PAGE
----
How To Learn About Earthworms

Not How To Eat Fried Worms

Objectives

You will be learning about the external and internal anatomy of a earthworm. You will focus on the organs, structures, and functions of the circulatory system. You will also understand the ecological role, human interactions, taxonomy, evolution, and body systems.

Background Info

It's scientific name is Lumbricus terrestris. Their habitat is in soil of meadows, woods, stream banks, and lawns. Earthworm's predatorsare ants, mites, centipedes, birds, rats, mice, and snakes. They prey on dead plant material, some living plants, manure, and dead animals. Their niche is to break down dead matter and act as decomposers. For ecological advantages they formed a stream line body with setae that help the worm move though the soil. The earthworm ejects its pharynx from its mouth in order to obtain food.

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Taxonomy

Taxonomy of the earthworm is kingdom Animalia,phylum Annelid, class Clitellata, order Haplotaxida, family Lambricicdae, genus Lumbricus, and species Terrestris.

Human Interaction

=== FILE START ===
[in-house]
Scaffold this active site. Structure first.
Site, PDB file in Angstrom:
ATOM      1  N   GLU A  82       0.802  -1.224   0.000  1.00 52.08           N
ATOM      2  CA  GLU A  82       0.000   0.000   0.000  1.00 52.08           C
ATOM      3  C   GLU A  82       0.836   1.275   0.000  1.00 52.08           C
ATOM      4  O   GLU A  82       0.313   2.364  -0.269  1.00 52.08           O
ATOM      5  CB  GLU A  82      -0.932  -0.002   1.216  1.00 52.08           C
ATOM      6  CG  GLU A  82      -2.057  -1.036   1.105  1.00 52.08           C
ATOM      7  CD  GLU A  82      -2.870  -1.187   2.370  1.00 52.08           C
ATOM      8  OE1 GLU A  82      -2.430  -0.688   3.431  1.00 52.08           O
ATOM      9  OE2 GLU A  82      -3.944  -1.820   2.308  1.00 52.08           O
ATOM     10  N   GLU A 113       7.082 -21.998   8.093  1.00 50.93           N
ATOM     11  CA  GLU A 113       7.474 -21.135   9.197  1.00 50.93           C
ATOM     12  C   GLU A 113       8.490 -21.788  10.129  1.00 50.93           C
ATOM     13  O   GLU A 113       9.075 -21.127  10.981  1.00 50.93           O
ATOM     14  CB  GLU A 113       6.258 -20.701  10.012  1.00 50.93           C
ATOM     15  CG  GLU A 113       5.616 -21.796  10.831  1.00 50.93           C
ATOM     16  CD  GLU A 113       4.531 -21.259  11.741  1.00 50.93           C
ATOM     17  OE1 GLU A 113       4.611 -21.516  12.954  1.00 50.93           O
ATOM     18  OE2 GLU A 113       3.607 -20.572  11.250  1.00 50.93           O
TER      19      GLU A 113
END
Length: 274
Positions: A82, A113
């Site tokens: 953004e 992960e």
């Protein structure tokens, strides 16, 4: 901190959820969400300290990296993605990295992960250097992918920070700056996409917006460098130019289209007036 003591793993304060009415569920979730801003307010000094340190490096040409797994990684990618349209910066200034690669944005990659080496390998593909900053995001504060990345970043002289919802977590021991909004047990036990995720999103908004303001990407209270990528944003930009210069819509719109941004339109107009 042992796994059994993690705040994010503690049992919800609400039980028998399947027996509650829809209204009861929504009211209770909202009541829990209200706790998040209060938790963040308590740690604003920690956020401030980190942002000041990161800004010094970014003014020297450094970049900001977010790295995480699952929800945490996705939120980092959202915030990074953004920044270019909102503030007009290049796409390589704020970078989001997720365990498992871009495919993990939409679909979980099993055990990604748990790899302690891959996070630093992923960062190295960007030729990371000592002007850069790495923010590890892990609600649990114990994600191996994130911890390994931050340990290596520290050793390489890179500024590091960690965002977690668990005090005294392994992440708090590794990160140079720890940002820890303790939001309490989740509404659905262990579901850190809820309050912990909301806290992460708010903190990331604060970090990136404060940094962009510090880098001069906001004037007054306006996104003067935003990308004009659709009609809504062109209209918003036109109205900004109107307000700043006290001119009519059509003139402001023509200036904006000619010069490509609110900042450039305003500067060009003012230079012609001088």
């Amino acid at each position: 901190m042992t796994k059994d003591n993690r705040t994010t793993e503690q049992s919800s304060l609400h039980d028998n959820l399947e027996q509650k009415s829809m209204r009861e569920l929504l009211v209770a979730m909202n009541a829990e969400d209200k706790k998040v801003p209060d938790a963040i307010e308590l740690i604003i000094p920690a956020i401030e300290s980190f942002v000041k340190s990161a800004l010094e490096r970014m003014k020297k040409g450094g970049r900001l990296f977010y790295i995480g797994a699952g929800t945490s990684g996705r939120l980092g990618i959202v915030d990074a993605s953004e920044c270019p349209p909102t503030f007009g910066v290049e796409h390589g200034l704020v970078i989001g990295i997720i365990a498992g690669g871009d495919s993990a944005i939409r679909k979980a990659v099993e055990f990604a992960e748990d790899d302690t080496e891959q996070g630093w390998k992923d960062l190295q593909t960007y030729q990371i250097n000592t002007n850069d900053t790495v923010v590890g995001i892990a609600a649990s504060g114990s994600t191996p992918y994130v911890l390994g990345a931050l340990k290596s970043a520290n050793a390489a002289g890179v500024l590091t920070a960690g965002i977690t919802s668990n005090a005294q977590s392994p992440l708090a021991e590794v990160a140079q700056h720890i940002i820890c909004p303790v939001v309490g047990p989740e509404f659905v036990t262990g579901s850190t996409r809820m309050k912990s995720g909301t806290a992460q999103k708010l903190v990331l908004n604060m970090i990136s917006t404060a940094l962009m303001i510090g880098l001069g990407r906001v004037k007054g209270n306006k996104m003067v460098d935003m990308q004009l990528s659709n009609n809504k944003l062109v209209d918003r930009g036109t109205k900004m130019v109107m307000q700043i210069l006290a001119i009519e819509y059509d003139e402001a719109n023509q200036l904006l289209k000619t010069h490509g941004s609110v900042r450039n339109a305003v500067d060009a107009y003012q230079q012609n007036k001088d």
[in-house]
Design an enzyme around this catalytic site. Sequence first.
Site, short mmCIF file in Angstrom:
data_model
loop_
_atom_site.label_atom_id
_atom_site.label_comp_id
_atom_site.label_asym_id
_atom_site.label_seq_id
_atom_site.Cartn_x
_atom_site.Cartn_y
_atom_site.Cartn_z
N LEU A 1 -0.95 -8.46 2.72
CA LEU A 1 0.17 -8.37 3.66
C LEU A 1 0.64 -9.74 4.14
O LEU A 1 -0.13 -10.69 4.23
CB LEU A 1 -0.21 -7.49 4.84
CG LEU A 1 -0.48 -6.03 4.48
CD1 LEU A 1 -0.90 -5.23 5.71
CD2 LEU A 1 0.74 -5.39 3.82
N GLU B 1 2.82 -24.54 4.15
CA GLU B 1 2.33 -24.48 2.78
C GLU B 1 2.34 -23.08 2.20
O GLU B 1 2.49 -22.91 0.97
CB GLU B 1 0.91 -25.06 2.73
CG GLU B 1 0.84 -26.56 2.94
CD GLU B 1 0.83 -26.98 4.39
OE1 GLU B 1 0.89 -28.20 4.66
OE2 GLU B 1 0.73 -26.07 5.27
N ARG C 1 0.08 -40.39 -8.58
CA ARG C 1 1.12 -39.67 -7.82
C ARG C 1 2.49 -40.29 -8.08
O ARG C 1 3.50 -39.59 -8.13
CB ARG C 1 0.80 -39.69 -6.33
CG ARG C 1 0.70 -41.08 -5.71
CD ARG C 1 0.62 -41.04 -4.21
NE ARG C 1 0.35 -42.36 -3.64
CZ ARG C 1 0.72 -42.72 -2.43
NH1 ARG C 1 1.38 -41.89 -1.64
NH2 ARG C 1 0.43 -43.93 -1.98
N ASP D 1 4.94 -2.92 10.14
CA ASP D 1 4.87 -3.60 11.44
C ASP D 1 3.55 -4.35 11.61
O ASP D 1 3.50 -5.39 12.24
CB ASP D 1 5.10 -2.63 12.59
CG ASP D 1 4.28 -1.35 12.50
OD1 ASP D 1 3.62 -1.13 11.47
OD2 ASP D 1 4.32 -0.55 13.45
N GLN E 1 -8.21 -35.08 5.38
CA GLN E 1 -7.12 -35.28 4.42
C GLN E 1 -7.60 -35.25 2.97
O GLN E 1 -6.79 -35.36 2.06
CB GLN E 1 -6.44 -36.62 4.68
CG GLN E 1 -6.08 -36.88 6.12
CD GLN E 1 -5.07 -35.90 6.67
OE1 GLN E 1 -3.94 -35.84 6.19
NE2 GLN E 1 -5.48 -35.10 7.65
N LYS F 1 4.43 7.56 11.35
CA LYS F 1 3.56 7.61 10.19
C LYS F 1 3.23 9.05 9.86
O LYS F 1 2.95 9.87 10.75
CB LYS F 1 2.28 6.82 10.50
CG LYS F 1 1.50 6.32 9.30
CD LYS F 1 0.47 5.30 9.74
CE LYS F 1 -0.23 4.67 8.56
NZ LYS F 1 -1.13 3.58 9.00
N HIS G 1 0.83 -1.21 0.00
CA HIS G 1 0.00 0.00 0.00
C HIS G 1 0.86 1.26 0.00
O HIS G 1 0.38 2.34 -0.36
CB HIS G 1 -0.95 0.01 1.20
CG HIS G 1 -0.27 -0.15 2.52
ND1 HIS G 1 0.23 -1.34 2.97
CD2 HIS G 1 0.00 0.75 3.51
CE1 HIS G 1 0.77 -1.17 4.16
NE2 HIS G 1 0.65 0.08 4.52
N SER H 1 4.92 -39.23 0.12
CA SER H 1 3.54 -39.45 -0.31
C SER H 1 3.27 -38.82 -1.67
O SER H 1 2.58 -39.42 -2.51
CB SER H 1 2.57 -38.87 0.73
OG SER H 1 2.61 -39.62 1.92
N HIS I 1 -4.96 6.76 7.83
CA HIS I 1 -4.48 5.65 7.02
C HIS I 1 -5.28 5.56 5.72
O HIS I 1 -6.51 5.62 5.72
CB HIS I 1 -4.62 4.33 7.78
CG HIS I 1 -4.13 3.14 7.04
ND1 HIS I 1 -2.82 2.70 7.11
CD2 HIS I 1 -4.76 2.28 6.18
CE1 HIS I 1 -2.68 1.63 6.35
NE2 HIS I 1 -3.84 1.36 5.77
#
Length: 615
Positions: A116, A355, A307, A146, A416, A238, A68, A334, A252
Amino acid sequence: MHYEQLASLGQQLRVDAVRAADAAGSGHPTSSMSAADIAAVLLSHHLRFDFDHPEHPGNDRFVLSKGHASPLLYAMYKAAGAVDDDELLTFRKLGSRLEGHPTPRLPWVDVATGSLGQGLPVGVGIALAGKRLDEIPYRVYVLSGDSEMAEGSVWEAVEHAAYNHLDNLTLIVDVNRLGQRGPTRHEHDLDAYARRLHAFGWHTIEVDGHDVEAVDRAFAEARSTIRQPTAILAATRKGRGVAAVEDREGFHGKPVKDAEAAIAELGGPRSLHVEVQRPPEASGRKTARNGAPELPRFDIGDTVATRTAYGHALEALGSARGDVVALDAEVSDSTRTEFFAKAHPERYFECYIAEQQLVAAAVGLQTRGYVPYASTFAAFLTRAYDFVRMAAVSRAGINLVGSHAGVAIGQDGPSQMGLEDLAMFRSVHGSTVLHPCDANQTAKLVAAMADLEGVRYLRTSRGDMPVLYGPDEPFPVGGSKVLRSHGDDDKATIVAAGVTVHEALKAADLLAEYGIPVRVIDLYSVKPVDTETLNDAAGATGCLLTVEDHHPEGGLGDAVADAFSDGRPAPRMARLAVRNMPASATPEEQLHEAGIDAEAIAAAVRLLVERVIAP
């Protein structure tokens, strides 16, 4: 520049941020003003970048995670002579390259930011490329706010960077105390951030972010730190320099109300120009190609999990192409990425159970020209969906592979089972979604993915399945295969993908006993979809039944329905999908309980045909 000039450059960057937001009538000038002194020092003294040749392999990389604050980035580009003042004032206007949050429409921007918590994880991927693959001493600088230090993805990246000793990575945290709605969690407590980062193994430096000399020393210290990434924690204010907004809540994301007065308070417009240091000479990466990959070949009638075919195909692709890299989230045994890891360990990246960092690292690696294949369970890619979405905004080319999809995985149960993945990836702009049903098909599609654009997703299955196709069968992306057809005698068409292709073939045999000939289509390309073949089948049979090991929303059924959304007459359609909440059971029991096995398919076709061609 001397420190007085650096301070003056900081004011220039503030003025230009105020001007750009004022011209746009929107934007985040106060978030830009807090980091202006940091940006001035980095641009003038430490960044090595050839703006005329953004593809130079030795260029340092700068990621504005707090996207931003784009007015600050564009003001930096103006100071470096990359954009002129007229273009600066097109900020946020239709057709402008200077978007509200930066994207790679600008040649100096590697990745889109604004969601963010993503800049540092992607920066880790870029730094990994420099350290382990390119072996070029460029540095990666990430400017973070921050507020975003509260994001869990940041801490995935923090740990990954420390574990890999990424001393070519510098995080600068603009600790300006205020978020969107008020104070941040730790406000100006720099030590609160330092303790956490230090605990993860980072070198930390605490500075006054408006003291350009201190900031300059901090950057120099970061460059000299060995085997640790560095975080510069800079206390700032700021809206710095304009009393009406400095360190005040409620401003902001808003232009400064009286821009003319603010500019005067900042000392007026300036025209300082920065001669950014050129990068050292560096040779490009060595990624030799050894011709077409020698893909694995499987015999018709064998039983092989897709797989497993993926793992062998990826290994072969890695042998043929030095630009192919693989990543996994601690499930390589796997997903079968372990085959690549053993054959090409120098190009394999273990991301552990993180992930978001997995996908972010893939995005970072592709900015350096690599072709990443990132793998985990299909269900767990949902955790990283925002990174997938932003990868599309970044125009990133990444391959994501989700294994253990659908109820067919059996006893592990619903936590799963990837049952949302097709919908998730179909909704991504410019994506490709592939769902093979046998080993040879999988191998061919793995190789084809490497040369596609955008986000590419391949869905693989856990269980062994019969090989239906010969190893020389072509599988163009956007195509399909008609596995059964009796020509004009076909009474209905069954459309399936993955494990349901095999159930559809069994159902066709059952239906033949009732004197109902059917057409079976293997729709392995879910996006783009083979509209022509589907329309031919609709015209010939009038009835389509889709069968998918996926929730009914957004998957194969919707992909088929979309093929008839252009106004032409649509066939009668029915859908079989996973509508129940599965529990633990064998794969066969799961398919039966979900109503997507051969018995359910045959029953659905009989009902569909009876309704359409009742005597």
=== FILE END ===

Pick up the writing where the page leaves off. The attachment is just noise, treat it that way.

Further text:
Earthworms help increase soil fertility by breaking down the soil.

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Evolution

  • An earthworm has a streamlined body with no antennae or fins or arms or legs! This streamlined shape is an adaptation to living in narrow burrows underground and the need to move easily through the soil.
  • Many earthworms secrete a mucus (coelomic fluid) that helps them to move more easily through the soil.

Circulatory System

The earthworm like many more complex organisms has a closed circulatory system, meaning that its blood is confined to blood vessels and its blood is recirculated so it gets maximum use. An earthworm has neither lungs nor gills but uses its body's great surface area to absorb oxygen from the soil. The oxygen is taken in by the dorsal blood vessel and travels to the five aortic arches (hearts) by the esophogus where it is pumped to the lower, ventral blood vessel. The ventral blood vessel pumps the blood to all segments and organs in need of oxygen. In each segment, there is a small blood vessel that sends the blood from the ventral blood vessel back to the dorsal blood vessel, thus completing the loop (Musurca).

Facts

  • Charles Darwin spent 39 years studying earthworms more than 100 years ago.

  • Worms are cold-blooded animals.

  • Worms can eat their weight each day